Additive manufacturing facilitates the fast and flexible manufacture of components
Additive manufacturing – sometimes referred to as AM, surfacing, 3D printing, and freeform manufacturing – is a method of many names. Additive manufacturing makes it possible to quickly and cost-effectively produce components whose properties (dimensions, geometry, weight, etc.) make them difficult or sometimes impossible to manufacture using other methods. This offers huge potential, not least for industries where there is considerable demand for smaller production runs of specialist components.
How does additive manufacturing work?
The word “additive” in the name of this manufacturing method indicates that the product is manufactured by adding layer after layer on top of each other. Conventional manufacturing using machining is subtractive in that it removes material from a block to produce the component or geometry you want.
In addition to the actual production of components and products, additive manufacturing can be used to coat, add details to, or repair an existing product. The laser beam heats the additive – either a wire or powder/powder bed – to produce a product with dual material properties – a soft and/or tough base material with a hard and durable surface, for example.
At Permanova, we have chosen to focus on additive manufacturing using wire. During the manufacturing process, wire is continuously melted by the laser beam. Whether you’re building a new structure or repairing or coating an existing component, a robot is used to position the optics and additive and to control the geometry. The additive is melted layer by layer to build up the new structure. It is a quick and efficient laser process that can build several kilos per hour. Surfacing using lasers and wire has the highest deposit rate of all the AM methods.
A major advantage of lasers and wire is the aesthetics of the surface, which can be retained on the finished product. By comparison, a powder bed results in a more coarse-grained surface. Wire currently builds layers thicker than one millimetre. Layers produced from powder range from less than a millimetre down to tenths of a millimetre.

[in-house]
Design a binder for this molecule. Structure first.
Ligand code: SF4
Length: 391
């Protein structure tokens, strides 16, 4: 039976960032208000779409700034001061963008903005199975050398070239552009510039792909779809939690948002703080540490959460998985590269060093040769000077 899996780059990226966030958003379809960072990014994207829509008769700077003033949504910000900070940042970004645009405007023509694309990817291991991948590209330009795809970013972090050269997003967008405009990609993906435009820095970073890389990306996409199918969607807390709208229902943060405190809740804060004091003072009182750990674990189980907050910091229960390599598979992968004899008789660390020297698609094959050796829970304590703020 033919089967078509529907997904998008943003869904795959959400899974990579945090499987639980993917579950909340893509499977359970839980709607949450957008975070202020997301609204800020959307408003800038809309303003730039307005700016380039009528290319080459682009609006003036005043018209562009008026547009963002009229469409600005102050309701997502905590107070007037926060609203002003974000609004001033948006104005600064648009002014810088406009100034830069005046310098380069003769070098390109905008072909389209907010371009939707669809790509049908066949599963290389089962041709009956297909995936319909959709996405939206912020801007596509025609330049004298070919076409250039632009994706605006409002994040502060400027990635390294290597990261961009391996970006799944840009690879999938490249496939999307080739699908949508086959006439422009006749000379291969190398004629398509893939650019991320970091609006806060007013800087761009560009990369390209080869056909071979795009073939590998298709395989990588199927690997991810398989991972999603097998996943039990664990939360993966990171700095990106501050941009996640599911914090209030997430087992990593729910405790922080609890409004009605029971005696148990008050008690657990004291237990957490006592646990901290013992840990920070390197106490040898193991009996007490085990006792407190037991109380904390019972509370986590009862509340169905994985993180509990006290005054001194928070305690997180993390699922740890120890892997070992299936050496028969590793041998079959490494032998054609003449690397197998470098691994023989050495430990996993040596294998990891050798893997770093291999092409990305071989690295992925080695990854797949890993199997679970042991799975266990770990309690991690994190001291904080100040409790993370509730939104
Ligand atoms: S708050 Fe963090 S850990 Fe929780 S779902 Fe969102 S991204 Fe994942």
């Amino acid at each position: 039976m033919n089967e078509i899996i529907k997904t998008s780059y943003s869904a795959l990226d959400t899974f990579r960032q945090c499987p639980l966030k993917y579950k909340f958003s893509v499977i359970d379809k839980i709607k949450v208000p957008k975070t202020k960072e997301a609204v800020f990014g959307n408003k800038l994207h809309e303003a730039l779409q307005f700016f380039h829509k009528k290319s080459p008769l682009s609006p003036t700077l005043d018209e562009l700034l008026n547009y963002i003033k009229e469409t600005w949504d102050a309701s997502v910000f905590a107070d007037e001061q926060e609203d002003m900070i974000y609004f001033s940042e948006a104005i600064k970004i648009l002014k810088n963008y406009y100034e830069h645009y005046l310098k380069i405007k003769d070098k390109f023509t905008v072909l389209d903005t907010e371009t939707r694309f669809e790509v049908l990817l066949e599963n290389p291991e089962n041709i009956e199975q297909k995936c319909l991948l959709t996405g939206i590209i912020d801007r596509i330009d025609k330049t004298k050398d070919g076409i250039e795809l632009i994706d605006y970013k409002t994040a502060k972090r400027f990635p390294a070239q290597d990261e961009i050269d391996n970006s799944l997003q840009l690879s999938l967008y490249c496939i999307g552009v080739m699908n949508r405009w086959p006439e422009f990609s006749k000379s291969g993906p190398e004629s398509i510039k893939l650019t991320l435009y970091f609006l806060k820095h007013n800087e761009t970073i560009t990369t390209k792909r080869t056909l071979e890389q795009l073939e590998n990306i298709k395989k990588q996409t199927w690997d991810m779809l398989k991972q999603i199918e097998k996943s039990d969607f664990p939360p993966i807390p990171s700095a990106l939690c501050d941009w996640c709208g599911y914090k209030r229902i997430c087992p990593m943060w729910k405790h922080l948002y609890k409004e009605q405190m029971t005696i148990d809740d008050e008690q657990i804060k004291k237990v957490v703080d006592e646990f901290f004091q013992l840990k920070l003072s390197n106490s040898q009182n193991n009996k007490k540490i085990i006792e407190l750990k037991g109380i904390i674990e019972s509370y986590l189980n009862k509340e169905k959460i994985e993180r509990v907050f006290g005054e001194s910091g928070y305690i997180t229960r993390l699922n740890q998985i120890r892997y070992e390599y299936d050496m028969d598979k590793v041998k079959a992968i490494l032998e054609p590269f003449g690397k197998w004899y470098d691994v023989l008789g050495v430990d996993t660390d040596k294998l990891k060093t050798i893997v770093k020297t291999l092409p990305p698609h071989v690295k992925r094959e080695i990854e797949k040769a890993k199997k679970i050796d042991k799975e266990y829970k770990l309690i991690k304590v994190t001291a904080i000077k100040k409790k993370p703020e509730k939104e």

Production using a powder bed requires a computerised 3D model of the object to be manufactured. The model is broken down into very thin segments and prepared as a production program. The laser beam melts the powder layers one by one to build up the component until it is finished.
What are the benefits of additive manufacturing?
Additive manufacturing makes it possible to quickly produce components that are easy to customise in terms of their design and materials. This offers great opportunities in the manufacturing industry in general, and the automotive and aerospace industries in particular. Large expensive castings that are difficult to customise can be replaced, as lighter customised products can be produced quickly and efficiently. This, in turn, has major benefits for manufacturers, customers, and the environment in general. We will return to this a little later in the article.
Another major advantage is the ability to create copies of tools, components, and devices that are no longer manufactured. A broken pump that has not been produced in decades can be scanned and a copy “printed” relatively quickly.
Additive manufacturing also results in very low material consumption thanks to production using powder or wire (with minimal waste). Consequently, large blocks of additives do not need to be manufactured, shipped, and stored before being used with large amounts of wastage. This is because it is often only a very limited part of the original additive that is actually used.
Lightweight specialist components make a huge difference in the aerospace industry
The aerospace industry was an early adopter of additive manufacturing, primarily due to the need for small runs of lightweight specialist components. Every gram counts in this industry. Similarly, it is essential that quality and strength are maintained.
A few years ago, Permanova was commissioned by GKN Aerospace Sweden to help produce laser equipment for the manufacture of exactly these kinds of components. The company is based in Trollhättan, where it develops and produces advanced components in specialised materials for leading players in the aerospace industry.
With its lightweight technology, Permanova was able to help GKN Aerospace Sweden to move away from the heavy and costly one-off castings it had traditionally used. These could be replaced by components that were optimised in terms of their geometry and materials, while providing the properties GKN required.
Lightweight specialised components result in lighter planes, which require less fuel and emit less carbon dioxide and other environmentally harmful substances. This is good for manufacturers, customers, and the world at large.
Additive manufacturing using lasers is a mature technology that is easy to automate, with low costs and high levels of availability. You can find out more about how we assisted GKN Aerospace Sweden on our website. On our inspiration pages, you will also find more case studies, our laser school, and several other articles on the benefits of different types of laser technology.